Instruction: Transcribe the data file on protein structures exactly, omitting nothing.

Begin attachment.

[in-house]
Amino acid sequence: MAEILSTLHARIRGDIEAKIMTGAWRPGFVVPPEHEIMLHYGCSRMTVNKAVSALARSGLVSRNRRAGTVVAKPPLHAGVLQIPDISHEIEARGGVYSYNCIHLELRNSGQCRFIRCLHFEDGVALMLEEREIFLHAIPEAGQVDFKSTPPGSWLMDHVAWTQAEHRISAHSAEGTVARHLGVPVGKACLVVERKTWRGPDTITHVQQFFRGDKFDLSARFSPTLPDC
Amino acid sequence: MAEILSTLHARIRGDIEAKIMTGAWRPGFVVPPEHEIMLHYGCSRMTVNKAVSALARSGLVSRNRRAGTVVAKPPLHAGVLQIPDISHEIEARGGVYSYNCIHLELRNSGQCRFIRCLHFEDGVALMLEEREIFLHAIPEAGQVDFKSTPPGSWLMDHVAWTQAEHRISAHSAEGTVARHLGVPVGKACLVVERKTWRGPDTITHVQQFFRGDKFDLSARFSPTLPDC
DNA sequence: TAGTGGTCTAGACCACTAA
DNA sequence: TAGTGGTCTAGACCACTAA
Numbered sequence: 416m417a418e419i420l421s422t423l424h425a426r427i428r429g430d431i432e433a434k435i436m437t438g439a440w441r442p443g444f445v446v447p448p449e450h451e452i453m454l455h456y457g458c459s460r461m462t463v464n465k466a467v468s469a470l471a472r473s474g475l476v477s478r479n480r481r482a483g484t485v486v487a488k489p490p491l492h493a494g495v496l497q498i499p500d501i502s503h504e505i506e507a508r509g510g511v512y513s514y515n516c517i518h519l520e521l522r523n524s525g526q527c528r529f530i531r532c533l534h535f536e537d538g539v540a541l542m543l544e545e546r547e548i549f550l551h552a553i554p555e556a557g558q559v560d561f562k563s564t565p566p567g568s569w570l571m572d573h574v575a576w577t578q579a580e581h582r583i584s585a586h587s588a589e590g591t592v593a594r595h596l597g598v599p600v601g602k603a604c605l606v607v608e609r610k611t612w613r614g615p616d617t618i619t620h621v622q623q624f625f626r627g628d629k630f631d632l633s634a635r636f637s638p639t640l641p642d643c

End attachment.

[in-house]
Amino acid sequence: MAEILSTLHARIRGDIEAKIMTGAWRPGFVVPPEHEIMLHYGCSRMTVNKAVSALARSGLVSRNRRAGTVVAKPPLHAGVLQIPDISHEIEARGGVYSYNCIHLELRNSGQCRFIRCLHFEDGVALMLEEREIFLHAIPEAGQVDFKSTPPGSWLMDHVAWTQAEHRISAHSAEGTVARHLGVPVGKACLVVERKTWRGPDTITHVQQFFRGDKFDLSARFSPTLPDC
Amino acid sequence: MAEILSTLHARIRGDIEAKIMTGAWRPGFVVPPEHEIMLHYGCSRMTVNKAVSALARSGLVSRNRRAGTVVAKPPLHAGVLQIPDISHEIEARGGVYSYNCIHLELRNSGQCRFIRCLHFEDGVALMLEEREIFLHAIPEAGQVDFKSTPPGSWLMDHVAWTQAEHRISAHSAEGTVARHLGVPVGKACLVVERKTWRGPDTITHVQQFFRGDKFDLSARFSPTLPDC
DNA sequence: TAGTGGTCTAGACCACTAA
DNA sequence: TAGTGGTCTAGACCACTAA
Numbered sequence: 416m417a418e419i420l421s422t423l424h425a426r427i428r429g430d431i432e433a434k435i436m437t438g439a440w441r442p443g444f445v446v447p448p449e450h451e452i453m454l455h456y457g458c459s460r461m462t463v464n465k466a467v468s469a470l471a472r473s474g475l476v477s478r479n480r481r482a483g484t485v486v487a488k489p490p491l492h493a494g495v496l497q498i499p500d501i502s503h504e505i506e507a508r509g510g511v512y513s514y515n516c517i518h519l520e521l522r523n524s525g526q527c528r529f530i531r532c533l534h535f536e537d538g539v540a541l542m543l544e545e546r547e548i549f550l551h552a553i554p555e556a557g558q559v560d561f562k563s564t565p566p567g568s569w570l571m572d573h574v575a576w577t578q579a580e581h582r583i584s585a586h587s588a589e590g591t592v593a594r595h596l597g598v599p600v601g602k603a604c605l606v607v608e609r610k611t612w613r614g615p616d617t618i619t620h621v622q623q624f625f626r627g628d629k630f631d632l633s634a635r636f637s638p639t640l641p642d643c